…back to Change Management.

In my earlier post, I talked about the strong change management ethic at my current company.  It was interesting to see how my predecessor here adapted database schema evolution to that ethic.

I need to add here that I find “ancient” software development organizational ideas like “chief” or “surgeon” programming teams to be fascinating.  In particular because each model describes “super” programmers who end up being responsible for 80-90% of the code anyway due to shear talent and dominant personality.  Almost everywhere I’ve gone has had a local expert who seemed to qualify for that kind of title.  The relevance of ideas from Mills and Brooks is commented on here.

The biggest thing I’ve taken away from those ideas of “super” programmers is that, as a manager, I need to help every member of my staff become as close to “super” as possible.  That means removing as many non-productive, non-programming, non-learning tasks as possible.

Another way to put this is to find out ways to reduce the effort and work required to do non-programming tasks.

This is where the DDL generation scripts came into the picture.

When I arrived, every programmer hand-coded the scripts which were checked into the source code control system.  Everyone had to remember to include the source code control tags, and script names weren’t obvious.  Also, it wasn’t always clear that every changed object and/or procedure was being captured with every release.

To address those issues, I:

  1. Required that all code checked into the source code control system had to be generated via the DDL generation scripts.  We modified the scripts to include the source code control tags automatically.  We also did things like include primary key indexes, grants and initial stats analysis in table creation scripts.  We also injected source code control tags into the stored procedure and package code so that they could be seen when browsing the database.
  2. Modified the scripts to include the object type, schema name and object name in the generated file name.  So, a script that created the SCOTT.EMP table ended up being called mk-tbl-scott-emp.sql  (We used mk for created, rm for drop and ch for alter).
  3. Turned on DDL auditing for all objects in the development database.  This allowed us to double-check and make sure we captured and verified which objects were changed leading up to a release.

A note on DDL auditing — I like to try and have this turned on in every database I work with.  Development, Test, QA, Production, you name it.  I think it’s always useful to have a log of structure changes to the database — and why code up a special trigger when the database will track it automatically?  The only objection I’ve heard to this is space — and the space required is so ridiculously small.  Sometimes people complain about performance — and I say that if you have a system that relies on 1000′s of DDLs per day, you’ve got a system that needs work.  Who does DDL as part of an OLTP transaction?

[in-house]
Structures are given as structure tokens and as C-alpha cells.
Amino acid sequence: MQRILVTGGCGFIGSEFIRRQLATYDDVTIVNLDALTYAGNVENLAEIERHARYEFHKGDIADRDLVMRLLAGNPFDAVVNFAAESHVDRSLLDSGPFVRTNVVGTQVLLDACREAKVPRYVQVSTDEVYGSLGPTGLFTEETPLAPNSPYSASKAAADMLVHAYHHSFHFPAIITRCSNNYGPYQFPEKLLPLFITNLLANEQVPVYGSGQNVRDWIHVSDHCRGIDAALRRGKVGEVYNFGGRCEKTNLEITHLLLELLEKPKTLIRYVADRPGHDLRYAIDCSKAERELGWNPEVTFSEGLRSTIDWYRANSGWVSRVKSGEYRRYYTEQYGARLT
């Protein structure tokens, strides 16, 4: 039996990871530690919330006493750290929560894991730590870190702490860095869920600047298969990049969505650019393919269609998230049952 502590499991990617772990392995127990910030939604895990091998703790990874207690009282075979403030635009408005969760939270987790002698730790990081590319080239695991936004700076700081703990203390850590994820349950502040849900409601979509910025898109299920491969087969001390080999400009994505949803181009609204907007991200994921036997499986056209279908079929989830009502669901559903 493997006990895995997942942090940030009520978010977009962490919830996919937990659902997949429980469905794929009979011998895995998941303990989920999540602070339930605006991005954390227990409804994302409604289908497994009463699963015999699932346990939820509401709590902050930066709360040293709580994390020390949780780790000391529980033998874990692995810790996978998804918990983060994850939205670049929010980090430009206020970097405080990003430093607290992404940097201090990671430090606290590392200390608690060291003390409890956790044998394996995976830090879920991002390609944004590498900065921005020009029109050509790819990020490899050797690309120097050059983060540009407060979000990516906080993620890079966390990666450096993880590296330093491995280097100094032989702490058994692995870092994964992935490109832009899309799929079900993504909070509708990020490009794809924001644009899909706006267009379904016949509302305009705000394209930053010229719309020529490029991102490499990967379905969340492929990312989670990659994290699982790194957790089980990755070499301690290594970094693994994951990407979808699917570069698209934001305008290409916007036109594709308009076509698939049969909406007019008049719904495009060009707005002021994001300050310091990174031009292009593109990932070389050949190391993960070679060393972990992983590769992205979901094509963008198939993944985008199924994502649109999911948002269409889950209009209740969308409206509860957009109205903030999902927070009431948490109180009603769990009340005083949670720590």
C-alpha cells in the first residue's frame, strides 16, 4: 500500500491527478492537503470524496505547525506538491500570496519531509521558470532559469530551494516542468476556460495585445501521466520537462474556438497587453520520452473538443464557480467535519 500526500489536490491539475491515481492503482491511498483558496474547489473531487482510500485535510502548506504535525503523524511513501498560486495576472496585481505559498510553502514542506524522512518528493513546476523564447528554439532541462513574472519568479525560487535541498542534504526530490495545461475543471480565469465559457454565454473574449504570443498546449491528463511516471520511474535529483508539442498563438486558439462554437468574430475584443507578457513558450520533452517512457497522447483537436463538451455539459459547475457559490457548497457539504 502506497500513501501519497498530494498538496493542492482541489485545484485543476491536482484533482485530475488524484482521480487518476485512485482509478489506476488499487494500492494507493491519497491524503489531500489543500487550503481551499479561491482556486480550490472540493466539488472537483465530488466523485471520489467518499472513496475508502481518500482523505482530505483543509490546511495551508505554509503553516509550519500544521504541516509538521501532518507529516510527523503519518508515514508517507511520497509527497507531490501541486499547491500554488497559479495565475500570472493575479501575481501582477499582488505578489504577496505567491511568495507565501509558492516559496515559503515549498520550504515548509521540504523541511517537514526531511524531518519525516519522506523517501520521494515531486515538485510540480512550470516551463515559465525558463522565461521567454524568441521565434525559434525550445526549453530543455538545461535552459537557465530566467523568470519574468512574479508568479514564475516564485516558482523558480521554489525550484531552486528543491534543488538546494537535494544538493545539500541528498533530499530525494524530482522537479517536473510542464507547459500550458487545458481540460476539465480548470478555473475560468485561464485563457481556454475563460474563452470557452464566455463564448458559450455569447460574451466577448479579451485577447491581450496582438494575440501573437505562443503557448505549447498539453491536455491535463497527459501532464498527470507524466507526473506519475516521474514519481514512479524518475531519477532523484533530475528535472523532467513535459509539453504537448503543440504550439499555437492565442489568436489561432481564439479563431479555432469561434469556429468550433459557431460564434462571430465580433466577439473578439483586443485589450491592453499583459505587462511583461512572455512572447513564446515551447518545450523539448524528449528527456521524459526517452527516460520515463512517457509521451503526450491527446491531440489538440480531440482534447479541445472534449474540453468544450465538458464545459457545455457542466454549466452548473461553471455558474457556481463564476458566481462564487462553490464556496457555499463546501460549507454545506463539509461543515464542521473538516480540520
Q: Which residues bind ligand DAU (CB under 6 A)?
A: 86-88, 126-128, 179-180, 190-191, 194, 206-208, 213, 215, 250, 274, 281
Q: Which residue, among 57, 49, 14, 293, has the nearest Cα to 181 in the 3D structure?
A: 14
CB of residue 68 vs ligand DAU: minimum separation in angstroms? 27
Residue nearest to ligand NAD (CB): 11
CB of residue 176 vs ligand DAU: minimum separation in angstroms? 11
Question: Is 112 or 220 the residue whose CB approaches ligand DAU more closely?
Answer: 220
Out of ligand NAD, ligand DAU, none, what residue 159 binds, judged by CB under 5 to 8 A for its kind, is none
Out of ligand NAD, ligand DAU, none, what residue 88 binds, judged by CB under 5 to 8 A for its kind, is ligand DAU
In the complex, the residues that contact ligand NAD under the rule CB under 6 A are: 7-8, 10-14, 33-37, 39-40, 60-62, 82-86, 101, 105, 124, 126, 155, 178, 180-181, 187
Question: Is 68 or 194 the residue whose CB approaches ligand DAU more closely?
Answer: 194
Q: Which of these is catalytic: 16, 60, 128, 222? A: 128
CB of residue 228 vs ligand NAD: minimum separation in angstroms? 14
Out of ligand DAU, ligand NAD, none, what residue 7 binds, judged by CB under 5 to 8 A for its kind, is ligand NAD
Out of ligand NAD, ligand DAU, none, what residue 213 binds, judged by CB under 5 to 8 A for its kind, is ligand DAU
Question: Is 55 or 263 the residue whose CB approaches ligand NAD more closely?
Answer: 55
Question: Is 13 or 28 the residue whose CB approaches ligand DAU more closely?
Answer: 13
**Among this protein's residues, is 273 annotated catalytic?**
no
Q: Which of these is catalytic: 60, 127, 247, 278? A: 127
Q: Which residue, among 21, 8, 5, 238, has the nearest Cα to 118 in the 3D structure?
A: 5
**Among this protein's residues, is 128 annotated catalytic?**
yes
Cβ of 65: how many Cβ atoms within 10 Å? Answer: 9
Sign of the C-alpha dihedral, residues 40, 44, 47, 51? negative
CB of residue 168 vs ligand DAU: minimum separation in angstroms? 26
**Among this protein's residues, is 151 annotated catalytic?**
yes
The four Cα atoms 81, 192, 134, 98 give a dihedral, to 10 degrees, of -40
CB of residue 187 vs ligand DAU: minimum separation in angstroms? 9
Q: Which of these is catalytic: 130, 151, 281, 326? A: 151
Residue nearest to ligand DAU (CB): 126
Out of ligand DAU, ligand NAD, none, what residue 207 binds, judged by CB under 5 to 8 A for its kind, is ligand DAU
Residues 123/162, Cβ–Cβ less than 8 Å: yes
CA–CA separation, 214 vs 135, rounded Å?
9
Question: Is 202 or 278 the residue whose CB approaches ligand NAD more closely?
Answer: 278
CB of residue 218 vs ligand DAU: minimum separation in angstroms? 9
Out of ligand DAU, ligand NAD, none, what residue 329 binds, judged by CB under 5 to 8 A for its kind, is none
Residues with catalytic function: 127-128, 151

Our biggest remaining challenge with this approach was how to create the “master” installation “super” scripts.  I’ll cover that in a later post…

(One other concern is the shear number of files this approach can generate.  If Oracle did this for the SYS schema, you’d have over 4,000 individual files.  On the other hand, this works well when you only need to re-create a single object without searching through 4-5 cat scripts to find the object definition.  Other systems use object definition files which are then read by specialized programs to generate installation scripts — that seems like a lot of work for an internal corporate application).

3 Responses to “Superscript”

  1. Hilarious Diff : Oracle Musings Says:

    [...] In my last post, I talked about how I like to remove non-technical work from my staff by giving them tools to do “mundane” things like check code into source code control automatically and how our DDL generation scripts do most of the work. [...]

  2. John Hawksworth Says:

    I too have just gotten pig sick of clever build scripts, and am coding up (in sql plus naturally) a bunch of scripts to extract all the necessary DDL to build a new schema, from an extant db.

    I too put a DBMS_OUTPUT statement in each file, so it precisely logs its activity. Like you, each file “does what it says on the tin”. A file to add table ‘Fred’ to schema ‘test’ will be called ‘CREATE_FRED_IN_TEST.SQL’.

    We’ve just changed from VSS to SourceOffSite (SOS) for our source control. What do you use? Like you, I end up with lots of files, but fault finding and de-bugging is a piece of cake. Since each file only contains a few lines, even a junior can easily fix it.

    I’d be very interested to hear how you progress with this method, as independently of you, I have adopted roughly the same methods, lots of small files, generated by DBMS_METADATA and sqlplus.

    With the upgrade issue, I too wonder about extracting a couple of thousand files, just to alter one or two. Any thoughts on this yet?



  3. ddelmoli Says:

    We used a product from McCabe Software called TrueChange — I’ve never seen it anywhere else, but it did the job just fine.

    Our packaging method was simply a tarball of the source directories which was untarred on the target server.

    I suppose you could simple untar the specific upgrade directory — that would reduce the footprint of the delivery.

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